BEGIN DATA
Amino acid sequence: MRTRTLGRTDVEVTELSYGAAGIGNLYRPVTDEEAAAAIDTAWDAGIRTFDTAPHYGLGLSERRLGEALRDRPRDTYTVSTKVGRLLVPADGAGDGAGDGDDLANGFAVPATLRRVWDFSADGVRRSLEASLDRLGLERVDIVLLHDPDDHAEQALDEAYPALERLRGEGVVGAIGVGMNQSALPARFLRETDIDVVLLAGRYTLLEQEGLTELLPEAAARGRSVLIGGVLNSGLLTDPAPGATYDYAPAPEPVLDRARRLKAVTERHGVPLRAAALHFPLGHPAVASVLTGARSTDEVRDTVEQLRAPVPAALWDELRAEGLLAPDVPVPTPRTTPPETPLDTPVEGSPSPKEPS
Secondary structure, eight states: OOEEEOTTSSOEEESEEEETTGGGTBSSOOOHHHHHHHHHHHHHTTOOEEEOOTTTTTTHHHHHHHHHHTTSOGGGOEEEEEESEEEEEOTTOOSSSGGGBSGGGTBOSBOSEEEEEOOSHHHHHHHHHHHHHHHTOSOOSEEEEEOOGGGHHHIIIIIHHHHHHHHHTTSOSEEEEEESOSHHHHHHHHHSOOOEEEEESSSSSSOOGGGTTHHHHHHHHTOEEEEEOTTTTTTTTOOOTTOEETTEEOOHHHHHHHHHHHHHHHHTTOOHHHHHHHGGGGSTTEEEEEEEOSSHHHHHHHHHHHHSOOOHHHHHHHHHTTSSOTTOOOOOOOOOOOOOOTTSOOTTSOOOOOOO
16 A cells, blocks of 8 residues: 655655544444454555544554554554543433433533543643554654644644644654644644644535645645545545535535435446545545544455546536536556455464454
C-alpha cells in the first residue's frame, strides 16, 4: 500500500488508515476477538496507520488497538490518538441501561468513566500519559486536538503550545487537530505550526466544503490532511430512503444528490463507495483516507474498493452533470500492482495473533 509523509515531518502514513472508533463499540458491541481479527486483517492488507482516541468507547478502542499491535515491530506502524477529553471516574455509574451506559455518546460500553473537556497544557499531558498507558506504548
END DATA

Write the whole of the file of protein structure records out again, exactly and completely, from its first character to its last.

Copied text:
Amino acid sequence: MRTRTLGRTDVEVTELSYGAAGIGNLYRPVTDEEAAAAIDTAWDAGIRTFDTAPHYGLGLSERRLGEALRDRPRDTYTVSTKVGRLLVPADGAGDGAGDGDDLANGFAVPATLRRVWDFSADGVRRSLEASLDRLGLERVDIVLLHDPDDHAEQALDEAYPALERLRGEGVVGAIGVGMNQSALPARFLRETDIDVVLLAGRYTLLEQEGLTELLPEAAARGRSVLIGGVLNSGLLTDPAPGATYDYAPAPEPVLDRARRLKAVTERHGVPLRAAALHFPLGHPAVASVLTGARSTDEVRDTVEQLRAPVPAALWDELRAEGLLAPDVPVPTPRTTPPETPLDTPVEGSPSPKEPS
Secondary structure, eight states: OOEEEOTTSSOEEESEEEETTGGGTBSSOOOHHHHHHHHHHHHHTTOOEEEOOTTTTTTHHHHHHHHHHTTSOGGGOEEEEEESEEEEEOTTOOSSSGGGBSGGGTBOSBOSEEEEEOOSHHHHHHHHHHHHHHHTOSOOSEEEEEOOGGGHHHIIIIIHHHHHHHHHTTSOSEEEEEESOSHHHHHHHHHSOOOEEEEESSSSSSOOGGGTTHHHHHHHHTOEEEEEOTTTTTTTTOOOTTOEETTEEOOHHHHHHHHHHHHHHHHTTOOHHHHHHHGGGGSTTEEEEEEEOSSHHHHHHHHHHHHSOOOHHHHHHHHHTTSSOTTOOOOOOOOOOOOOOTTSOOTTSOOOOOOO
16 A cells, blocks of 8 residues: 655655544444454555544554554554543433433533543643554654644644644654644644644535645645545545535535435446545545544455546536536556455464454
C-alpha cells in the first residue's frame, strides 16, 4: 500500500488508515476477538496507520488497538490518538441501561468513566500519559486536538503550545487537530505550526466544503490532511430512503444528490463507495483516507474498493452533470500492482495473533 509523509515531518502514513472508533463499540458491541481479527486483517492488507482516541468507547478502542499491535515491530506502524477529553471516574455509574451506559455518546460500553473537556497544557499531558498507558506504548